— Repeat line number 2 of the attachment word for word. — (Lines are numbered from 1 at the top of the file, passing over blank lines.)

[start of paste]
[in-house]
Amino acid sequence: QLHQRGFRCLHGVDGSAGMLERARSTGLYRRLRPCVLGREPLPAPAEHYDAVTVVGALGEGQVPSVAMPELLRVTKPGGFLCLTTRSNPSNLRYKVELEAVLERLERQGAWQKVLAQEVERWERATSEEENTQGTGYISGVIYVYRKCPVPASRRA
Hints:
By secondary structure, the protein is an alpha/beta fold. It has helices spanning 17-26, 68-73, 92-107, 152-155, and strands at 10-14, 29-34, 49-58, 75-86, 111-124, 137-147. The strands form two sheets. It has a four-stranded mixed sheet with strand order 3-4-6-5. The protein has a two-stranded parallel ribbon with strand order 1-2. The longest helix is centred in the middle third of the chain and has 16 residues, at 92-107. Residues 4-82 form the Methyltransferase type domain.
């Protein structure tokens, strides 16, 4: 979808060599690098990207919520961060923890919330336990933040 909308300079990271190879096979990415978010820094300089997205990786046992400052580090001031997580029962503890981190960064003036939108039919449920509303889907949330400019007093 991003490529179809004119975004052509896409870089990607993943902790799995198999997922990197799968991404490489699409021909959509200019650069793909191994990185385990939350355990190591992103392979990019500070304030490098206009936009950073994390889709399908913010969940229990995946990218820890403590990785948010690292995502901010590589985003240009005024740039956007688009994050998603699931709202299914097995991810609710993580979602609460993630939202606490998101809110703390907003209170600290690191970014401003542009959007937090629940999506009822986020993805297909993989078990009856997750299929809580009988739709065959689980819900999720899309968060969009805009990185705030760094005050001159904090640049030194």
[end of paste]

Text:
Amino acid sequence: QLHQRGFRCLHGVDGSAGMLERARSTGLYRRLRPCVLGREPLPAPAEHYDAVTVVGALGEGQVPSVAMPELLRVTKPGGFLCLTTRSNPSNLRYKVELEAVLERLERQGAWQKVLAQEVERWERATSEEENTQGTGYISGVIYVYRKCPVPASRRA